‘What are you going to do, confiscate their passports?’ Professional perspectives on cross-border reproductive travel

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dc.contributor.author Culley, Lorraine en
dc.contributor.author Hudson, Nicky en
dc.contributor.author Blyth, E. en
dc.contributor.author Norton, Wendy en
dc.contributor.author Pacey, A. en
dc.contributor.author Rapport, F. en
dc.date.accessioned 2013-01-24T09:32:10Z
dc.date.available 2013-01-24T09:32:10Z
dc.date.issued 2013
dc.identifier.citation Culley, L. et al. (2013) ‘What are you going to do, confiscate their passports?’ Professional perspectives on cross-border reproductive travel. Journal of Reproductive and Infant Psychology, 31 (1), pp. 46-57 en
dc.identifier.issn 0264-6838
dc.identifier.issn 1469-672X
dc.identifier.uri http://hdl.handle.net/2086/8091
dc.description.abstract Objective: This article reports findings from a UK-based study which explored the phenomenon of overseas travel for fertility treatment. The first phase of this project aimed to explore how infertility clinicians and others professionally involved in fertility treatment understand the nature and consequences of cross-border reproductive travel. Background: There are indications that, for a variety of reasons, people from the UK are increasingly travelling across national borders to access assisted reproductive technologies. While research with patients is growing, little is known about how ‘fertility tourism’ is perceived by health professionals and others with a close association with infertility patients. Methods: Using an interpretivist approach, this exploratory research included focussed discussions with 20 people professionally knowledgeable about patients who had either been abroad or were considering having treatment outside the UK. Semi-structured interviews were recorded, transcribed verbatim and subjected to a thematic analysis. Results: Three conceptual categories are developed from the data: ‘the autonomous patient’; ‘cross-border travel as risk’, and ‘professional responsibilities in harm minimisation’. Professionals construct nuanced, complex and sometimes contradictory narratives of the ‘fertility traveller’, as vulnerable and knowledgeable; as engaged in risky behaviour and in its active minimisation. Conclusions: There is little support for the suggestion that states should seek to prevent cross-border treatment. Rather, an argument is made for less direct strategies to safeguard patient interests. Further research is required to assess the impact of professional views and actions on patient choices and patient experiences of treatment, before, during and after travelling abroad. en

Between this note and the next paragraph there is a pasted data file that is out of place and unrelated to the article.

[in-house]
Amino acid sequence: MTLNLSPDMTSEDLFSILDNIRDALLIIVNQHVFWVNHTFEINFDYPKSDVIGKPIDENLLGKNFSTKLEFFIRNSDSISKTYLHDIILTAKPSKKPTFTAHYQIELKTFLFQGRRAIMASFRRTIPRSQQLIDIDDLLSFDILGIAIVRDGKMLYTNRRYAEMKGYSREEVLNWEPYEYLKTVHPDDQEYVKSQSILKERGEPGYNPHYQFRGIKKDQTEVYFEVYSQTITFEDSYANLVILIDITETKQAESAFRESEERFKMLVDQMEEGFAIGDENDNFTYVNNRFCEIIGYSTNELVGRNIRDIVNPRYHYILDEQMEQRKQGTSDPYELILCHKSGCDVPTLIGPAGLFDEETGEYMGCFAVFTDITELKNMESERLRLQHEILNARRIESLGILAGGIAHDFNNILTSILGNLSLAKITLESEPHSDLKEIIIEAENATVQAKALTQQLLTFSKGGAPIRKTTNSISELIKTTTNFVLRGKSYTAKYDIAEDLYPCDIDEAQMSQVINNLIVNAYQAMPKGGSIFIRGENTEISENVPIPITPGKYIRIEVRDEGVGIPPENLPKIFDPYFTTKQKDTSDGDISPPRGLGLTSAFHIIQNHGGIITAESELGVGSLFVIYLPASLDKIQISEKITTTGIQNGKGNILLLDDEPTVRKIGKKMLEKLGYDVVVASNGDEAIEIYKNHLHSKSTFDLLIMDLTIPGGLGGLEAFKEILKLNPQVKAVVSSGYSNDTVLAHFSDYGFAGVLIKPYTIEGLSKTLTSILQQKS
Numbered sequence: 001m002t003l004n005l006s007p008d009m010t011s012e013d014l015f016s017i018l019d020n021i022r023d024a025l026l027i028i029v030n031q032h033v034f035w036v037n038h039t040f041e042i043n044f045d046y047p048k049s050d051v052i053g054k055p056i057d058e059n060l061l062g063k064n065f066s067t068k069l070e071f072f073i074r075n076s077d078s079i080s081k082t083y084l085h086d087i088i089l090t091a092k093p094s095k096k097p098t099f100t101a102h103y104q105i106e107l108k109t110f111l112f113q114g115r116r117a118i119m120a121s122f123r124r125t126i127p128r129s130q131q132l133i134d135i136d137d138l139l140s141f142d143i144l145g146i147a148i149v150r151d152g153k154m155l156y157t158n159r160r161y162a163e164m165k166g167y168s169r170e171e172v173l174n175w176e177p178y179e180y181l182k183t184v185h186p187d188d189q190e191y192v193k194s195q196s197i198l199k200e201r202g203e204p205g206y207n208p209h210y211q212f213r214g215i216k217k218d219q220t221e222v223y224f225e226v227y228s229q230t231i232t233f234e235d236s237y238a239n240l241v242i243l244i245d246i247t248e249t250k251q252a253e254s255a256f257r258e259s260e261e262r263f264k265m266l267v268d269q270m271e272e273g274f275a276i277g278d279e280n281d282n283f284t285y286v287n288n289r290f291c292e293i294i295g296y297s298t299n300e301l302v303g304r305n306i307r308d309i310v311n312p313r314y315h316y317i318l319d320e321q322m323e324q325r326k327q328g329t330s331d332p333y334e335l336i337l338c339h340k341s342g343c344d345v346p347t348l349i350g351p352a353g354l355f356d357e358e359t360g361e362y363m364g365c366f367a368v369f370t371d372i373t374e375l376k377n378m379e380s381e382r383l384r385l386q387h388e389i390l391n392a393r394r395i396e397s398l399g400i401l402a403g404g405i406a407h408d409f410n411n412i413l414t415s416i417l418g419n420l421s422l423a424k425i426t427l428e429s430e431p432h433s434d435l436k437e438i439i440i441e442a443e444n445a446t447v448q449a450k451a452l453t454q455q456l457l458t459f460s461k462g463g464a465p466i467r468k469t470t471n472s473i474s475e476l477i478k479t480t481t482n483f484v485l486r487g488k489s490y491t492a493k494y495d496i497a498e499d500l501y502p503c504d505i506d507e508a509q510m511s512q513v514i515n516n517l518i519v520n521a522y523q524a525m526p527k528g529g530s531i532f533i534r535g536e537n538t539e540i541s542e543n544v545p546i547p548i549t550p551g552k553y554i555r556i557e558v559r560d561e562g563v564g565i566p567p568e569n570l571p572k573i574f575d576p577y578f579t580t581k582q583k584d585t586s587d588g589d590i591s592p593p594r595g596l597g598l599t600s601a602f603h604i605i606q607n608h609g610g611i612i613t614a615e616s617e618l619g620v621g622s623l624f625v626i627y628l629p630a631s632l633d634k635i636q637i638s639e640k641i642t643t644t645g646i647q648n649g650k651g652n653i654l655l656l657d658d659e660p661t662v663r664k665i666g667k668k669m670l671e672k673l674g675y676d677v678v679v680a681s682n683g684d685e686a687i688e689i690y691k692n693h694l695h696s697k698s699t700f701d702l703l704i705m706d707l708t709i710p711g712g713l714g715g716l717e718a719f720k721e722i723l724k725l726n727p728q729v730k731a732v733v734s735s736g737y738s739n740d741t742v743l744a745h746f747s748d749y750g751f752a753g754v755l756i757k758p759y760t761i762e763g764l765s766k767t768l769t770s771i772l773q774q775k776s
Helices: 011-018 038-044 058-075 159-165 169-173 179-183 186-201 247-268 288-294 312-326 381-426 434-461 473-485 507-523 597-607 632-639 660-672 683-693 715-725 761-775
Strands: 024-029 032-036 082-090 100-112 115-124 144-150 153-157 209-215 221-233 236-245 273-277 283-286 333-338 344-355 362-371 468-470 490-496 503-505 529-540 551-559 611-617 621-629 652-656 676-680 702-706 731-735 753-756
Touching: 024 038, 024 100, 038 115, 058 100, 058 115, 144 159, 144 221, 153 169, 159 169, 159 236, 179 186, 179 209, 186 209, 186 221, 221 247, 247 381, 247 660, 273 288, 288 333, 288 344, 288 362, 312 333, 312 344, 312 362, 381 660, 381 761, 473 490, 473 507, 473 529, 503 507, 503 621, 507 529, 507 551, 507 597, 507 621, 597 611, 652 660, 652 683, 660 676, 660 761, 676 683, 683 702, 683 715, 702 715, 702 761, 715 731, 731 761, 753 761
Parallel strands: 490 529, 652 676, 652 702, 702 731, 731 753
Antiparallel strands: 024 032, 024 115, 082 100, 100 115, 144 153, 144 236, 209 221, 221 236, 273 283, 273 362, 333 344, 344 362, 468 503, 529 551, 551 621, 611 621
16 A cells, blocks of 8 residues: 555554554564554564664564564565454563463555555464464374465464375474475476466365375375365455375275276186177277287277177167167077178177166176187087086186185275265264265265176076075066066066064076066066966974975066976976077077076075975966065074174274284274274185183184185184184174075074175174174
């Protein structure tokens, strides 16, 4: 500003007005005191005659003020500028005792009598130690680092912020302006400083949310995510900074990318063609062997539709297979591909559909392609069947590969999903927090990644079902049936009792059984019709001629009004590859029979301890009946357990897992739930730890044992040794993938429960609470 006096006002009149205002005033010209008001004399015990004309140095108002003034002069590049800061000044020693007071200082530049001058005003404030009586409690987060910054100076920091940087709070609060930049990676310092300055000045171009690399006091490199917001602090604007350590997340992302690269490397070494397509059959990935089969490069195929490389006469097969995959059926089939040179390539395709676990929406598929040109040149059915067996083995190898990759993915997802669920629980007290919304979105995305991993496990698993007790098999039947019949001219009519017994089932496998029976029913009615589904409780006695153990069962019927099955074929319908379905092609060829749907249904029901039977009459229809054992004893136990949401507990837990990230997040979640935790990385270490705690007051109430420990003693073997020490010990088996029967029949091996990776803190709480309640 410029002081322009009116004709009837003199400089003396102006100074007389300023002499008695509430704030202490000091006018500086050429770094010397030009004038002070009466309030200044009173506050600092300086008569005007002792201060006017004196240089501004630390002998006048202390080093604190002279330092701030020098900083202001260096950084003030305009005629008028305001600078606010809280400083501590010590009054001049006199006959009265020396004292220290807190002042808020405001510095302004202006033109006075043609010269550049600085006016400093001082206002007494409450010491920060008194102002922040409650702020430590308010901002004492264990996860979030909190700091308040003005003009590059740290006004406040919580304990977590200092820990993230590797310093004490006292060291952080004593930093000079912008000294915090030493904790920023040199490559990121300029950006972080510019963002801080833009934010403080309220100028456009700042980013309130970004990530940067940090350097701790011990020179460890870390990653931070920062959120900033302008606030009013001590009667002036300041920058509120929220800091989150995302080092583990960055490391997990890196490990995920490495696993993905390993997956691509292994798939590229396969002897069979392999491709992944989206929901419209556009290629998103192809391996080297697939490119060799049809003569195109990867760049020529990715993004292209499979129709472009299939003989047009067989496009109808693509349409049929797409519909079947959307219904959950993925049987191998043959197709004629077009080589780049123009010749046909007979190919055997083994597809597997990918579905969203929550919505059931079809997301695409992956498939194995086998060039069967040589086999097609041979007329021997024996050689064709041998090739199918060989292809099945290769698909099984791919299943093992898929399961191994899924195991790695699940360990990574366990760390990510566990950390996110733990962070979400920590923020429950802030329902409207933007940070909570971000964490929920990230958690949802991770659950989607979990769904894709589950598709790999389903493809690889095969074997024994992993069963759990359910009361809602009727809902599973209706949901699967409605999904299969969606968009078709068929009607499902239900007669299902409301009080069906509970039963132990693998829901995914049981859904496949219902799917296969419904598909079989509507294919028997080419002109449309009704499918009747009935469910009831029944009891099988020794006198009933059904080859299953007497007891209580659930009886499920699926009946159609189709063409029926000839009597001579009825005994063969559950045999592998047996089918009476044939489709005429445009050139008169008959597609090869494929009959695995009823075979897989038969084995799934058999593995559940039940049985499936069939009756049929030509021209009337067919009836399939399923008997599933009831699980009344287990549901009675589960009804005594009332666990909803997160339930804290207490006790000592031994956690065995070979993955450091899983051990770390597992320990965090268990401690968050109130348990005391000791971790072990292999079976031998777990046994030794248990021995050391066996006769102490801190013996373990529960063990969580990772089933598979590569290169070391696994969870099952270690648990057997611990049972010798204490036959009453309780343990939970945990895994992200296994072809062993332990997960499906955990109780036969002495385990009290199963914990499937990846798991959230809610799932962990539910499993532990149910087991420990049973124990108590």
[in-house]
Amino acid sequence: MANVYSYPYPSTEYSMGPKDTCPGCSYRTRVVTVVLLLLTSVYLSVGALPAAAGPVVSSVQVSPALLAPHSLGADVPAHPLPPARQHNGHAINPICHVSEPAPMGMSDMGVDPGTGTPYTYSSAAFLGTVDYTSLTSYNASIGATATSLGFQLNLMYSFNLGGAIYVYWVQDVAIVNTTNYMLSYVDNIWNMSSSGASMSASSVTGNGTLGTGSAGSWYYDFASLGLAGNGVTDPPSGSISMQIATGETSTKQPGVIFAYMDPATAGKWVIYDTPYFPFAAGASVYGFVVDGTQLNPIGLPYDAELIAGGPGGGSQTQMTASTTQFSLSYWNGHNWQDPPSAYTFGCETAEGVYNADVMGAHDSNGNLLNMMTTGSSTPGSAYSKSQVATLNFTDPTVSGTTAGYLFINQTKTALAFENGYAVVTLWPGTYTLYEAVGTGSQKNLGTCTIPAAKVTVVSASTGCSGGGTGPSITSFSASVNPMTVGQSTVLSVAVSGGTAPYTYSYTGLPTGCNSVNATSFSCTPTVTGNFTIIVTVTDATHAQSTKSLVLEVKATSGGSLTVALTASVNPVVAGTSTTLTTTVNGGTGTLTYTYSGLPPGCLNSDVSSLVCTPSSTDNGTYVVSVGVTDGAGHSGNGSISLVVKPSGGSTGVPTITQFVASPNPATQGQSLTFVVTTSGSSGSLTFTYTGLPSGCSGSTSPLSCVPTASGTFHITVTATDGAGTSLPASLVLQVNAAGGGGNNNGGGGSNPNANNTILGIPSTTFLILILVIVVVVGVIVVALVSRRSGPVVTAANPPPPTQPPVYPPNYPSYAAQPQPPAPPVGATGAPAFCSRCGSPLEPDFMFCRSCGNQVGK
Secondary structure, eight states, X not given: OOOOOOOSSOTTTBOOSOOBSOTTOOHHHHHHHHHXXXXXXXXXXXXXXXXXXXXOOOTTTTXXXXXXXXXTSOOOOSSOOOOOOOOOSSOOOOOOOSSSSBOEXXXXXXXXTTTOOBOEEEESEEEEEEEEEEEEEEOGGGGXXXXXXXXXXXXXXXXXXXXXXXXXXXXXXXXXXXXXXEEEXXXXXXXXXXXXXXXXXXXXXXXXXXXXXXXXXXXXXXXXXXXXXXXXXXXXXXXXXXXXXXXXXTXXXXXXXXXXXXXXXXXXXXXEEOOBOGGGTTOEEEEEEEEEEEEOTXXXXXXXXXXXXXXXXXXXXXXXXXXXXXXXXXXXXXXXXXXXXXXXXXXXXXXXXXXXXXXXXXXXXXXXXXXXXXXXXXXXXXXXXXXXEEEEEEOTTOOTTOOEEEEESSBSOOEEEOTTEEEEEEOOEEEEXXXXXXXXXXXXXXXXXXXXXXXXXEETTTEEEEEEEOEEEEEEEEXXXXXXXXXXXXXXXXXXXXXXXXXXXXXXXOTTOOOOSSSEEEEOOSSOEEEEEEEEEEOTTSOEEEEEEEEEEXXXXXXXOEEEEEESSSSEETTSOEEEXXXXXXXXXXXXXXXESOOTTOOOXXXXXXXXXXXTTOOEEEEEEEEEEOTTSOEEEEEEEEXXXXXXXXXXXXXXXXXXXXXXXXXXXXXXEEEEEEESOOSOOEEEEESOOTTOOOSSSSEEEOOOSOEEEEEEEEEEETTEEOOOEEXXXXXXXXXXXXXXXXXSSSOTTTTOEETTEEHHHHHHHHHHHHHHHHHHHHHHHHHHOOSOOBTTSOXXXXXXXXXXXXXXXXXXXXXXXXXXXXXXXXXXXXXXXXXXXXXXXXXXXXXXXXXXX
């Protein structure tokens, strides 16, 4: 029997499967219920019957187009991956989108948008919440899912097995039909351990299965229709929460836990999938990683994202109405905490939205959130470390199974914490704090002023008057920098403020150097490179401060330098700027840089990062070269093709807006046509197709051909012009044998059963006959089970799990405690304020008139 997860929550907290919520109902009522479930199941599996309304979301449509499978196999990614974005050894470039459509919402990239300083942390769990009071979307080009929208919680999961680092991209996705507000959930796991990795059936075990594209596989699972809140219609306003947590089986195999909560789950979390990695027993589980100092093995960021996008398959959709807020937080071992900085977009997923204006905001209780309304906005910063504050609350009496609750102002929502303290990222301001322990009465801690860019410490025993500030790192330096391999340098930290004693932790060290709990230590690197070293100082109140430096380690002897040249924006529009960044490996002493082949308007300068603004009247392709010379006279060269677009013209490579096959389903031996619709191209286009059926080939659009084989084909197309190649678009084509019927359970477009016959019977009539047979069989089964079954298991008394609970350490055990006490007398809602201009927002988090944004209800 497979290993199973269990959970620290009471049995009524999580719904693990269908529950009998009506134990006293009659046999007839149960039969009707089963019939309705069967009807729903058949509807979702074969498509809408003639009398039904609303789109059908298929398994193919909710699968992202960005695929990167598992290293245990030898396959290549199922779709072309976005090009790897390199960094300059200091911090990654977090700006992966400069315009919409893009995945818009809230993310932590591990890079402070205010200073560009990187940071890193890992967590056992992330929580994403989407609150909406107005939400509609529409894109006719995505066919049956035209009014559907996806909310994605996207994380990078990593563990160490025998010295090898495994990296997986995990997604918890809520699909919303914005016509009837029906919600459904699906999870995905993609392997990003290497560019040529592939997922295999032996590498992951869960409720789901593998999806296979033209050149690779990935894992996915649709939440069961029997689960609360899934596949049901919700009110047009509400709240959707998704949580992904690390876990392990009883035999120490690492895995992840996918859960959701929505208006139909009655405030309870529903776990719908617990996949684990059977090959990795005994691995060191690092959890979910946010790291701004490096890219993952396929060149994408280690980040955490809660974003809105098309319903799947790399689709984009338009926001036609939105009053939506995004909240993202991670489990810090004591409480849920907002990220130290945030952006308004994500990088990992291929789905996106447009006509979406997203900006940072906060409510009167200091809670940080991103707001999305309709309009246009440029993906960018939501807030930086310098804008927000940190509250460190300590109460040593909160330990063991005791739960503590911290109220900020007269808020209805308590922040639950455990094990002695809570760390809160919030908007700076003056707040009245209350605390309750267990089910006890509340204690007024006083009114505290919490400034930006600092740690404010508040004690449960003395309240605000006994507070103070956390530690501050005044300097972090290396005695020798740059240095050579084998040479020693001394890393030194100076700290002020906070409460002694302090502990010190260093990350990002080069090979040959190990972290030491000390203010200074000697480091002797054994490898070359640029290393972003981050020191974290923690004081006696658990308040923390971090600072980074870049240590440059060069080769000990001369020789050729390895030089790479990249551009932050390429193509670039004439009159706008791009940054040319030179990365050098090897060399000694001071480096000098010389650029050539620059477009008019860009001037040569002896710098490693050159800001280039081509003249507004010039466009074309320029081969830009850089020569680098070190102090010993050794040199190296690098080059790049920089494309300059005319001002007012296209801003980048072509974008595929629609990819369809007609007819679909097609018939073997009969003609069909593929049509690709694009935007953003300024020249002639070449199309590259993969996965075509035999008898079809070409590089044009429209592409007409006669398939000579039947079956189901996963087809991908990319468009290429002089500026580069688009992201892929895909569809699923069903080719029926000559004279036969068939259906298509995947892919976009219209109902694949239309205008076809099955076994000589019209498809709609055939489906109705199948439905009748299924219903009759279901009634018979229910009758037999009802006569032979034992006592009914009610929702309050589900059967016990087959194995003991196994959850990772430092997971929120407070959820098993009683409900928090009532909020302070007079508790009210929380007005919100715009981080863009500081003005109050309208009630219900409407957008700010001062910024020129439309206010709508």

dc.language.iso en en
dc.publisher Taylor and Francis en
dc.title ‘What are you going to do, confiscate their passports?’ Professional perspectives on cross-border reproductive travel en
dc.type Article en
dc.identifier.doi http://dx.doi.org/10.1080/02646838.2012.762084
dc.researchgroup Reproduction Research Group en
dc.researchgroup Nursing and Midwifery Research Centre
dc.peerreviewed Yes en


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